– Vandals desecrated dozens of headstones in a St. Louis Jewish cemetery. 2017_0303cemetaries

– A Muslim teen was found hanged in woods near Seattle.

– A white supremacist traveled from Maryland to New York City with the express purpose of killing a black man, which he did upon arriving. The New York Daily News smeared the victim as a “career criminal.” NYPostStabbing

– The District of Columbia logged 22 unsolved cases of missing juveniles, most of them black or Latino girls, in the first three months of the year.

– United Airlines apologized for the forcible removal of a paying passenger, a man of color, from one of its flights.

An African-American judge was shot dead outside of his Chicago home:

An African-American judge was found dead in New York.

– Anti-Asian hate crimes in Los Angeles surged:

– A member of a racist group stabbed a Black ROTC cadet to death in Maryland.

– Two white men were stabbed to death in Portland while trying to stop Anti-Muslim harassment.

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Taliesin Myrddin Namkai-Meche, murdered while trying to protect a Muslim woman from a white nationalist

– Two Black Men were murdered in Jackson, Mississippi. One was found hanged in his own yard. Two weeks later, a second was found decapitated and burned.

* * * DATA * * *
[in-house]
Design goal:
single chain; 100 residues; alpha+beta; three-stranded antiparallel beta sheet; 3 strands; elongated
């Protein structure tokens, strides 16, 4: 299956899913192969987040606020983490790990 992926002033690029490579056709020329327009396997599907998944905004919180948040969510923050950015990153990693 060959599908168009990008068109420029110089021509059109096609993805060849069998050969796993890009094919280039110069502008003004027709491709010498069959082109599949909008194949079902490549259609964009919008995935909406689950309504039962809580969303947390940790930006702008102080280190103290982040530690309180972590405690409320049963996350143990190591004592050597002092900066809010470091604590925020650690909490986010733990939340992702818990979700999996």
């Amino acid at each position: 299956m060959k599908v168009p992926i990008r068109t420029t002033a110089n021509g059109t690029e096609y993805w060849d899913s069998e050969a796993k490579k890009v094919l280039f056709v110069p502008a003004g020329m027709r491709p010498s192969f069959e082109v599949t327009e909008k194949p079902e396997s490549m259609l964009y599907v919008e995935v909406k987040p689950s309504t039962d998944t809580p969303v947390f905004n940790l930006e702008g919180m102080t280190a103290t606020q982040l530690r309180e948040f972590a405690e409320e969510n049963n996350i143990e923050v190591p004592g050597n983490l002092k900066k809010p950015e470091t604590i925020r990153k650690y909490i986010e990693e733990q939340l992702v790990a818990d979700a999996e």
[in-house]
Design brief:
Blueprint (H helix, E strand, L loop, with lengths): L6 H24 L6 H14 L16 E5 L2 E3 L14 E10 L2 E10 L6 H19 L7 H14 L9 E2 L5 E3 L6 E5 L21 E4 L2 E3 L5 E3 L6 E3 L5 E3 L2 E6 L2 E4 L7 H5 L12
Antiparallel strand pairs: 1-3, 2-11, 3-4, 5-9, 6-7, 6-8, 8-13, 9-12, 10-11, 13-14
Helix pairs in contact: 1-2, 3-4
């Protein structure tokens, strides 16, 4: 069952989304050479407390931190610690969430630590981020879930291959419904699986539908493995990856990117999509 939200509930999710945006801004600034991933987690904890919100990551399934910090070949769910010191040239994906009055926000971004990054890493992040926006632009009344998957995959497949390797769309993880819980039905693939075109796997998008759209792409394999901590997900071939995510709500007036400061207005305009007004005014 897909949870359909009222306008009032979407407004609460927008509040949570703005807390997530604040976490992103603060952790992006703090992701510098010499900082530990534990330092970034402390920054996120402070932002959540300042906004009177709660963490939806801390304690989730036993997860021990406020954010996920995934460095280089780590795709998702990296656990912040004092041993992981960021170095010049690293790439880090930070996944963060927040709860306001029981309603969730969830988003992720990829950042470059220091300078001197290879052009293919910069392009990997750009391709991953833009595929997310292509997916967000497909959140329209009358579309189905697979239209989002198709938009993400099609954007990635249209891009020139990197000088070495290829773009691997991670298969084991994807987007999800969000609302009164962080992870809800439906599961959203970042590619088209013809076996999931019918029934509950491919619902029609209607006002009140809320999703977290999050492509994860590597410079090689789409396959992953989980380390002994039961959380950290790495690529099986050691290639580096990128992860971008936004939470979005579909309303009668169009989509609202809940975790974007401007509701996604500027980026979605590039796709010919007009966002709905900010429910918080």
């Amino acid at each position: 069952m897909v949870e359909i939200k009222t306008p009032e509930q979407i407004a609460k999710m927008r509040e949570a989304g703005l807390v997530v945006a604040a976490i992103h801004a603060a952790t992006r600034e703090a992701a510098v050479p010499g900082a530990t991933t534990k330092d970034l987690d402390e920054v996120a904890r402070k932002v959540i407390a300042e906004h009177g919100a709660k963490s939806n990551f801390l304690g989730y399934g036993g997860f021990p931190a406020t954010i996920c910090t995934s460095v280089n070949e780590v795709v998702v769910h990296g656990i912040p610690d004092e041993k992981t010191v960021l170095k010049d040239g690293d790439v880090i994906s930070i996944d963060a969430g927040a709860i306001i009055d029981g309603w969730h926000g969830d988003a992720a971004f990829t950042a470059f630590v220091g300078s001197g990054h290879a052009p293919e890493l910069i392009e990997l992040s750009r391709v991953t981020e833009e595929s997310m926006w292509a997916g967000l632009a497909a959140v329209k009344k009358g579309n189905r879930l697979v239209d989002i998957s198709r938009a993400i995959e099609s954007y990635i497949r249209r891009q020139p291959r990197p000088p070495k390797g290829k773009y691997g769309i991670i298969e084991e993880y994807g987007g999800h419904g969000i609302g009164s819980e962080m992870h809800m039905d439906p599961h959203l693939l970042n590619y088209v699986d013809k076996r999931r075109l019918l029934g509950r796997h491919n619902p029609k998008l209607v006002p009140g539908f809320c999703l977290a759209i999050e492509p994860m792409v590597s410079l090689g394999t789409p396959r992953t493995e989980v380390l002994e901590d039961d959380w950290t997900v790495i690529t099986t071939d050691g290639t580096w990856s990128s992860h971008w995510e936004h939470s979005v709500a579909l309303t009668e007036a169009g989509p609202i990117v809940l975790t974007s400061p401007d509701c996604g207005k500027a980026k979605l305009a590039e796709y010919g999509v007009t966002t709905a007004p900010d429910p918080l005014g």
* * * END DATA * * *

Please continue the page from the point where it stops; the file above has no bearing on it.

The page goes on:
A Muslim teen was murdered by a white man outside a Virginia mosque in a road rage incident. Friends built a memorial shrine to her, and vandals set fire to it.

– A Portland white man followed a Muslim couple in his car, shouting threats for 20 blocks and attempting to ram them.

– A Los Angeles Airbnb host canceled a reservation after learning that her guest would be Asian.

– In a road rage incident in Pennsylvania, a white man shot and killed a black teen girl.

 

– A pregnant black woman was killed by the Seattle police – after calling them to her house.

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Charleena Lyles

 

 

 

 

 

 

 

Next: Government Actions – and Inactions